It was night at that time. It was day for four full minutes until the show was over.

And the land in that direction looked like the leveled surface of the Moon. Though craterless.

Old Abel Manning touched down to the ground, watched the explosion come to its completion, the little fires that caught on the prairie he doused with pee quite mechanically as his banana yellow umbrella full of holes turned into something of a backwards vacuum, blowing winds. And then turned around, touched the hand of the young maiden, and helping her up, said, “Impressed? Your phone number?”

“Yes?” said the young maiden.

“Could I call it some time?”

“Sir! You must be 110 years old.”

“I know I look it, but I’m very immature, and I was thinking of reconnecting with my roots. You know, younger days. Would you look at that? That extinct volcano’s blown its top!”

“What?” said the girl, and turned around, but it was just the same. “Why, you wretched man! You can die for all I care.”

Abel laughed.

The girl pushed him and he fell over, rolling down a hill, shouting, “As — You — Wish!” You know, you know. From. From The Princess Bride.




Abel Manning dusted himself off, flew up to the girl, and said, “You wouldn’t, by chance, know if there are any terrorists in the area.”

“Look, I’m very grateful,” said the girl, continuing. “But please don’t follow me.”

“For heaven’s sake, why not?”

“For one, you’re a mess. And for B, our village is very un-accepting of other cultures.”

“Well, that’s downright bigoted.”

“I know. But it’s where I sleep, and where I put my head, my alliances lie.”

“I oftentimes sleep out under the stars, on corn fields, or on rocks,” said Abel Manning, looking up. “My alliances lie with the earth. The whole earth.” And took out his umbrella with the moonlight shining through it, and rubbed it between his hands, and sent the thing off spinning high out the atmosphere, the J and the L hanging off it going “Whee.” “Or with that moon you see up there,” pointing. “It’s always looking down on me. As parents often do, as I’ve had none. Watching over us — forgive me for sounding so stupid — orphans.”

The girl stopped to sympathize. “You’re an orphan?”


“I’m sorry. How did it happen?”

“Quite suddenly, really. My parents sold me to a pet store. Thought I was a turtle. I’m a skin condition. No! But you can find out about it in my book: Finding Waldo.”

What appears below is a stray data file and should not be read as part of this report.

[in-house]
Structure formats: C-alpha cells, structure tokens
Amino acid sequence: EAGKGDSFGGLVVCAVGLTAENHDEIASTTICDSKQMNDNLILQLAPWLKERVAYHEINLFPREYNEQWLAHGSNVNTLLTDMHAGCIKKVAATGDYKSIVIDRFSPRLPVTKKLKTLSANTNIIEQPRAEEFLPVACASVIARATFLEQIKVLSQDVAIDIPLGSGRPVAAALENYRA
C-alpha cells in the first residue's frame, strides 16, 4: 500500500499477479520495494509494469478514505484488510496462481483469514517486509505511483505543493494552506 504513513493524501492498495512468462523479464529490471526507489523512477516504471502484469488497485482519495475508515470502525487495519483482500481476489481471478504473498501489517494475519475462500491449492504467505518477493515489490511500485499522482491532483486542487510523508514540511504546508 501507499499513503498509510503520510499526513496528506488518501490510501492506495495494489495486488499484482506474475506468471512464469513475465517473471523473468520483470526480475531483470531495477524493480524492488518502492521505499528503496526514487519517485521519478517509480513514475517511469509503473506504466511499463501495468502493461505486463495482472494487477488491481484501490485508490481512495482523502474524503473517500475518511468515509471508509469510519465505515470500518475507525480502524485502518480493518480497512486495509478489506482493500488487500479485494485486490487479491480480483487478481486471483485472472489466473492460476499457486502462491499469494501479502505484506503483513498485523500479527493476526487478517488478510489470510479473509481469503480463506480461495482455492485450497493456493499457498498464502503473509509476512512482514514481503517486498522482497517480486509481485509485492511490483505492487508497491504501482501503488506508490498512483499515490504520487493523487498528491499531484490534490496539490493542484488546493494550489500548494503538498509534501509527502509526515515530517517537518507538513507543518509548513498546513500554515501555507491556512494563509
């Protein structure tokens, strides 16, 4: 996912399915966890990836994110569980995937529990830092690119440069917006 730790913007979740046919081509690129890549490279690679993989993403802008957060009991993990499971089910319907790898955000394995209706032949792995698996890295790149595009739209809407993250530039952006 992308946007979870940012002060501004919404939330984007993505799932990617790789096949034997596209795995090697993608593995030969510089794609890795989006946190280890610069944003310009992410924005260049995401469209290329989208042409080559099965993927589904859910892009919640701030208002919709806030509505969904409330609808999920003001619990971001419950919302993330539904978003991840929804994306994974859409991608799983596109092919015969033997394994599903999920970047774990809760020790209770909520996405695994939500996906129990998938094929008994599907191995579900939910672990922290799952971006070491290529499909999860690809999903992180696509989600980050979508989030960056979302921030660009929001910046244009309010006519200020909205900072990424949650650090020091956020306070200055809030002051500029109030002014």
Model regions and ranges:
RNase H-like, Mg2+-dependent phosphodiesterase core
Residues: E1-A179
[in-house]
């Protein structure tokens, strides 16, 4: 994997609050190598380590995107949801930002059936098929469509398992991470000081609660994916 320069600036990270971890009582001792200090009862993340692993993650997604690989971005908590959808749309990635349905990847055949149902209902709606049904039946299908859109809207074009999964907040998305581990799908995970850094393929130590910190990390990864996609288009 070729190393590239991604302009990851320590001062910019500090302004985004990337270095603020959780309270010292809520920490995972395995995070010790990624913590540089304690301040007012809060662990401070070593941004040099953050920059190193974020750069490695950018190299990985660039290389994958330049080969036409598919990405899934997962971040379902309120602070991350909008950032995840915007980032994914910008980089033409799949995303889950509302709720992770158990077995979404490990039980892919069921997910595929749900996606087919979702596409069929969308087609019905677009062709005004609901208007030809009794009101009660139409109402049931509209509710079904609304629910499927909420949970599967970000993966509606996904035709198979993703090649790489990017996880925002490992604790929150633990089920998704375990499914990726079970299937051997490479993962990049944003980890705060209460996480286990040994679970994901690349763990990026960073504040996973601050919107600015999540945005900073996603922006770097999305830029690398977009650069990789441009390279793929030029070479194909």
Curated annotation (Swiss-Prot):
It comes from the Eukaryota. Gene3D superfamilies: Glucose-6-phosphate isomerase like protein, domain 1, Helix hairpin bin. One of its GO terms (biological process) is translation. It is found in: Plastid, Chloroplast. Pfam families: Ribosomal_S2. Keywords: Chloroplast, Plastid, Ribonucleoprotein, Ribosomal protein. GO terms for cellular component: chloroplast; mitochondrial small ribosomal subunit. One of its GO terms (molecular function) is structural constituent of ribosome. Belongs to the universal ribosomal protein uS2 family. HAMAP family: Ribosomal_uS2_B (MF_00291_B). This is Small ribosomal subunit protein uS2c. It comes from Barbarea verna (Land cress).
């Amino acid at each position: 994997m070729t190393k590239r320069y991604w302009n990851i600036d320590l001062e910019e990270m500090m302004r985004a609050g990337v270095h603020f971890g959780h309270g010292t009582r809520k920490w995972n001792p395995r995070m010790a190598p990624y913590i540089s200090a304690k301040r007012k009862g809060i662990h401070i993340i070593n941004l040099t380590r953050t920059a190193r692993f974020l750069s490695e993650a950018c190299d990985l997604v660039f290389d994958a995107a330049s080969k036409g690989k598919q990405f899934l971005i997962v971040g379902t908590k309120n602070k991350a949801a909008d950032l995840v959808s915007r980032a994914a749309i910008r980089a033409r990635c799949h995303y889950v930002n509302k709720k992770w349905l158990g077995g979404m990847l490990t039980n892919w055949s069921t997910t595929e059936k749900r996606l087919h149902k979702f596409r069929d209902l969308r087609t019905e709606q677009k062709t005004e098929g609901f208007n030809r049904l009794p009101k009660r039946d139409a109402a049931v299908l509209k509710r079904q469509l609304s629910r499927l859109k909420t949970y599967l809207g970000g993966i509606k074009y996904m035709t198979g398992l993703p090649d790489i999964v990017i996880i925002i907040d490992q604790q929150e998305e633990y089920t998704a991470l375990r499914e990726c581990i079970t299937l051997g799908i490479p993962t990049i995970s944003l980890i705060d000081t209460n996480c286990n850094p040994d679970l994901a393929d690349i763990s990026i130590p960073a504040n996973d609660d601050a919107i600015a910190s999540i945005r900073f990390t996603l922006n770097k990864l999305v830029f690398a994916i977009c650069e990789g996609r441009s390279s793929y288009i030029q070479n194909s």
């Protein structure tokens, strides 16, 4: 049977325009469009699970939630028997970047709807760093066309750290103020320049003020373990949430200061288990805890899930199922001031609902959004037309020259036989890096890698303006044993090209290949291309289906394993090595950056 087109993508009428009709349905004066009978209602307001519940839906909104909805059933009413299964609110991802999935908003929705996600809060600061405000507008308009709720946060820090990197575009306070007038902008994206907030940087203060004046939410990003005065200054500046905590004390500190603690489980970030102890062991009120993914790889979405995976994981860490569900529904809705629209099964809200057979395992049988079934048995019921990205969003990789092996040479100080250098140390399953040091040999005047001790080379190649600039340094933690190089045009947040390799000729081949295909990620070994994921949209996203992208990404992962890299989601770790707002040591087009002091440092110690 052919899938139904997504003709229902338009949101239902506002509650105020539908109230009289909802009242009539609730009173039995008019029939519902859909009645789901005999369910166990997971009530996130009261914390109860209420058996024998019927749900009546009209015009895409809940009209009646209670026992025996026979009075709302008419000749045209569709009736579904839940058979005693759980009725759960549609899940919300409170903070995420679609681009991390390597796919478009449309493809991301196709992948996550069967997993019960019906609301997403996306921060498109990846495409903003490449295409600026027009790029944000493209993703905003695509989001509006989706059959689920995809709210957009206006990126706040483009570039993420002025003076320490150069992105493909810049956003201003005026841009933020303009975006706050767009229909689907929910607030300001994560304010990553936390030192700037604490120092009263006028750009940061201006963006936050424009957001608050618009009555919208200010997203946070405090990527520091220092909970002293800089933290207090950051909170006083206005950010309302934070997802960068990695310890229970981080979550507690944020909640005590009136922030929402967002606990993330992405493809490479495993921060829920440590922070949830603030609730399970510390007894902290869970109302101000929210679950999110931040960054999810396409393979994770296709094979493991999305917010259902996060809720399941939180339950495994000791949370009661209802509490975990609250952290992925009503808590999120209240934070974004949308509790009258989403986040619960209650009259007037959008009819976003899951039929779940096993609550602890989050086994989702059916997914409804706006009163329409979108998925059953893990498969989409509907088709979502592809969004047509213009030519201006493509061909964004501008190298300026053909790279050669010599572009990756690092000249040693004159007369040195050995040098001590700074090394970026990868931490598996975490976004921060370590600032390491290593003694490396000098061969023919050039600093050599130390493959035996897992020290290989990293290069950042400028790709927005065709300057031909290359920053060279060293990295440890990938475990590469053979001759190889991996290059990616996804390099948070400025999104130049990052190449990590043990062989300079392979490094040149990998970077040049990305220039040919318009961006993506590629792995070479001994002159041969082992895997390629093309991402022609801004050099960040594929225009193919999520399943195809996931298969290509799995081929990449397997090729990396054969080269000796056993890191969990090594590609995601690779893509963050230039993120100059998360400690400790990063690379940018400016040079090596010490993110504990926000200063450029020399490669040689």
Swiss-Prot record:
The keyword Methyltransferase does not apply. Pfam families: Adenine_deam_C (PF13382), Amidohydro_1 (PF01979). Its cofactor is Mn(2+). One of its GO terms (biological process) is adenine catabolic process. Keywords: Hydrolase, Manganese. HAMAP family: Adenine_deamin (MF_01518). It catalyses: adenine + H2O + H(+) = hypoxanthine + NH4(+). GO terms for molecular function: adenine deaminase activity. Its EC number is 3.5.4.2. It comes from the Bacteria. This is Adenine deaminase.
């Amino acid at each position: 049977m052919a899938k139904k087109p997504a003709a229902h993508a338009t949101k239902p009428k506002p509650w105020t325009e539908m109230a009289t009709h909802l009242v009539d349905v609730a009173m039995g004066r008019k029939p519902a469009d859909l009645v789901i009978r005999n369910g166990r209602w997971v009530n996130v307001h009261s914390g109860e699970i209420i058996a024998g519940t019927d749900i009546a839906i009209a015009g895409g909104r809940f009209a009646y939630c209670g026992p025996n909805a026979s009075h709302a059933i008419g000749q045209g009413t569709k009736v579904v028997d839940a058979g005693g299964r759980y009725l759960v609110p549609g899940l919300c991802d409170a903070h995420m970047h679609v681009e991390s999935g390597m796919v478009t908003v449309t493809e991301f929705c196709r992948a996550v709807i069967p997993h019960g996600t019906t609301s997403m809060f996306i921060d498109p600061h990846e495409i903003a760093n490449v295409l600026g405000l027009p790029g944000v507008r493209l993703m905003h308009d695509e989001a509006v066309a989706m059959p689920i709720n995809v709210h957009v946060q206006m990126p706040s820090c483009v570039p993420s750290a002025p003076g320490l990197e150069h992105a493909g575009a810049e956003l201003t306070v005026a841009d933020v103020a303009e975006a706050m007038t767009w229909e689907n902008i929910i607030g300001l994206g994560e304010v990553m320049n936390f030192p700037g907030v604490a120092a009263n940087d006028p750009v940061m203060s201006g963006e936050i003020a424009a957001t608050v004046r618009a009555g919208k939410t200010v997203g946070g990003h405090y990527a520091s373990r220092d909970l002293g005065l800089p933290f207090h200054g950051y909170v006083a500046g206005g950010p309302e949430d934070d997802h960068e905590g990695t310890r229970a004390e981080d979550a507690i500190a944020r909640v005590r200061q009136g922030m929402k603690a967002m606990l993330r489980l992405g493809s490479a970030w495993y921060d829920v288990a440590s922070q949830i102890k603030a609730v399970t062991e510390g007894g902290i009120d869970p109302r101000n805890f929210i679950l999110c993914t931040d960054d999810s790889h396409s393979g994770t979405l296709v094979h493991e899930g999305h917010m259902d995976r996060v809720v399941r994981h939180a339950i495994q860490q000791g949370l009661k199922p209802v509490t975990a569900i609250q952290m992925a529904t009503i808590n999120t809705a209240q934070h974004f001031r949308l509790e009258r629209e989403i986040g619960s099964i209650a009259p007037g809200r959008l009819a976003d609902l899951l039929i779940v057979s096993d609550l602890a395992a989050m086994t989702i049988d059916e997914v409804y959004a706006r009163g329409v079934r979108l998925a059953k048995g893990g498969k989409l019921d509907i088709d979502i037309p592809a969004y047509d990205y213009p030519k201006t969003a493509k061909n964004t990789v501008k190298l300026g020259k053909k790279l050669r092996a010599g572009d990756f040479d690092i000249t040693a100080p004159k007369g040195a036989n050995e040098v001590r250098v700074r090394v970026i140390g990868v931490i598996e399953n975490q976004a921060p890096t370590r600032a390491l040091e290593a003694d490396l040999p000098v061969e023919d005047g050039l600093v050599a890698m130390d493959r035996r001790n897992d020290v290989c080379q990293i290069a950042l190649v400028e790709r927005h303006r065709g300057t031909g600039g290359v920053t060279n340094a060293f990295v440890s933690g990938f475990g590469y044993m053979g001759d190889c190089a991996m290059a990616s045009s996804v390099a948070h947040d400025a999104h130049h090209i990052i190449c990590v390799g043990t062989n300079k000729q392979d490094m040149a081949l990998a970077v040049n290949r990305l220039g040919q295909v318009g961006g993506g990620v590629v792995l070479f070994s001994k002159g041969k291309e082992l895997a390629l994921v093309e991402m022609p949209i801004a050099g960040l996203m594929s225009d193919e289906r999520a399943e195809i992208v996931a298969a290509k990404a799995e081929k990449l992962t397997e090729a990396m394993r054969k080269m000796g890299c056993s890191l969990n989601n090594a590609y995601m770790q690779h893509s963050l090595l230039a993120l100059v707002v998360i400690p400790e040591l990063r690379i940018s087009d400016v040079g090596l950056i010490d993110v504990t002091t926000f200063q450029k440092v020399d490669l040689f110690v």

“They keep promoting that book..”

“I know. Isn’t it annoying?”

“Well, you can’t follow me.”

“Very well,” and Abel clicked his tongue, and spoke in an alien tongue, “Le. Ba! Vuh Jon-a-Jon!” and bowed to the lady thusly, and said, “My lady,” and did a sudden backflip, which was too early to catch the umbrella in time as it spun back to catch him, and unlike Manly Man, it wasn’t healthy for Abel to land on his head. He landed on his head.

“What a dufus,” said the girl. “And somehow, I like him,” and hurried off to her quiet village.


Abel Manning was floating over the Moon when he suddenly saw something quite spectacular.

The lake inside the extinct volcano had changed from blue to red in a matter of No Time at All. He gently glided down to inspect this, out of mild curiosity and a sense for adventure, popped his bubble, shook off the drool dribbling down his torso, and landed gently in the lake on the bottom of his umbrella like a boat, which sunk quite suddenly on the surface tension of the red water as the umbrella was full of holes. But no matter. Abel Manning climbed his way up on top of the lake, and walked on water, inspecting his shoes. “This isn’t normal drink,” he spoke softly, and then looked at the lip of the volcano, a ring of country cottages built right into the mountaintop. My, my. What if it exploded?

He suddenly saw two spots in dresses plunge off the side of the lip and hit a rock, and land into water.

Abel began running, then not quite after, conjured up a yellow bubble made out of drool*, and flew to them.

* he was always drooling, you know, it bothered him a lot, especially when people called him on it. Be kind to him.

In a matter of moments, he was resuscitating two fallen beauties, one a first mate, the other, a second. They were space pirates, but that had fallen in from another world. Jupiter, really. Or one of the moons. But he didn’t know that.

Once resuscitated, they opened their eyes, smiled, reached for Abel Manning’s face, touched a finger on his nose, and grabbing his head, head butted him, and said,

“Jeez! We were committing suicide, and you ruined it! Now, you listen here,” said the first one.

Said the second one, “We’re quite committed to suicide. We always stick to what we’ve planned to carry out, so go away!” said the second.

“Well, shoot! I thought you two needed rescuing,” said Abel.

“You think we felt like failures before,” said the first one, whose name was Cricket.

“Now, we’re the Arizona Cardinals,” said the second one, whose name was Flopsy. They weren’t from here.

“Are you two from around here?” said Abel, observing their clothes were a bit out of fashion in every side of the planet.

“No,” they said, sitting up. “But we know of Here, we’ve been inspecting this village.”

“What’s the redness of the lake — what’s that all about?”

“Oh, the ‘reddening’?” said Flopsy. “That’s what the locals call it. That’s when — well, when the smart, little microscopic creatures in the lake sense some impending doom is coming to torment the citizens of this village. For all its isolation with the outside world, it’s a very scientific community here. Very technologically advanced. They’re always studying things. Observing. The stars, the space. That’s why we were attracted here. Our starship–”

“You — have a starship?”